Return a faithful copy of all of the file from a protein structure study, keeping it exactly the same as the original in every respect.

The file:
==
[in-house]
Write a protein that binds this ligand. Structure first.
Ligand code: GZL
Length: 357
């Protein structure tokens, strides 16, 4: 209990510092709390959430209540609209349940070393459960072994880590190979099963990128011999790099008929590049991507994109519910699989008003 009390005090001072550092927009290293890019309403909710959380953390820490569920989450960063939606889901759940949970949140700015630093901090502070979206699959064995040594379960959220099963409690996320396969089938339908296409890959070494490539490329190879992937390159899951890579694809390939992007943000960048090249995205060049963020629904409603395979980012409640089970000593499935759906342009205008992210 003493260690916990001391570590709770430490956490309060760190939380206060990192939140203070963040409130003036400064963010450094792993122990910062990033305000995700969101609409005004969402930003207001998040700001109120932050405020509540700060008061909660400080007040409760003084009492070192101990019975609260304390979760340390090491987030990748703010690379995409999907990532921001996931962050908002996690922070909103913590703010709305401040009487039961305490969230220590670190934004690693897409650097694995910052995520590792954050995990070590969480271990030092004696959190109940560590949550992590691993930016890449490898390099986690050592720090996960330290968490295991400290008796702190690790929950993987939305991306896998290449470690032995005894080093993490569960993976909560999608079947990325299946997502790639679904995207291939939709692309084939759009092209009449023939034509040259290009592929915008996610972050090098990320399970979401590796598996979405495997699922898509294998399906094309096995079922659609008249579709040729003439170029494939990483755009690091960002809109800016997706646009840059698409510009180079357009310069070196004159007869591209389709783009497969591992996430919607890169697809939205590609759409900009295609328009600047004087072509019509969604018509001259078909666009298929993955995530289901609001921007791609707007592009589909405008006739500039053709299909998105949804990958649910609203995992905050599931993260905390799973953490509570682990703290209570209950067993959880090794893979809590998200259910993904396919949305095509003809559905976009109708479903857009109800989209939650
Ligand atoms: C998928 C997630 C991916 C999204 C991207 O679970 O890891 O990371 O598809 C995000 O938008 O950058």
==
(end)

[in-house]
Write a protein that binds this ligand. Structure first.
Ligand code: GZL
Length: 357
């Protein structure tokens, strides 16, 4: 209990510092709390959430209540609209349940070393459960072994880590190979099963990128011999790099008929590049991507994109519910699989008003 009390005090001072550092927009290293890019309403909710959380953390820490569920989450960063939606889901759940949970949140700015630093901090502070979206699959064995040594379960959220099963409690996320396969089938339908296409890959070494490539490329190879992937390159899951890579694809390939992007943000960048090249995205060049963020629904409603395979980012409640089970000593499935759906342009205008992210 003493260690916990001391570590709770430490956490309060760190939380206060990192939140203070963040409130003036400064963010450094792993122990910062990033305000995700969101609409005004969402930003207001998040700001109120932050405020509540700060008061909660400080007040409760003084009492070192101990019975609260304390979760340390090491987030990748703010690379995409999907990532921001996931962050908002996690922070909103913590703010709305401040009487039961305490969230220590670190934004690693897409650097694995910052995520590792954050995990070590969480271990030092004696959190109940560590949550992590691993930016890449490898390099986690050592720090996960330290968490295991400290008796702190690790929950993987939305991306896998290449470690032995005894080093993490569960993976909560999608079947990325299946997502790639679904995207291939939709692309084939759009092209009449023939034509040259290009592929915008996610972050090098990320399970979401590796598996979405495997699922898509294998399906094309096995079922659609008249579709040729003439170029494939990483755009690091960002809109800016997706646009840059698409510009180079357009310069070196004159007869591209389709783009497969591992996430919607890169697809939205590609759409900009295609328009600047004087072509019509969604018509001259078909666009298929993955995530289901609001921007791609707007592009589909405008006739500039053709299909998105949804990958649910609203995992905050599931993260905390799973953490509570682990703290209570209950067993959880090794893979809590998200259910993904396919949305095509003809559905976009109708479903857009109800989209939650
Ligand atoms: C998928 C997630 C991916 C999204 C991207 O679970 O890891 O990371 O598809 C995000 O938008 O950058």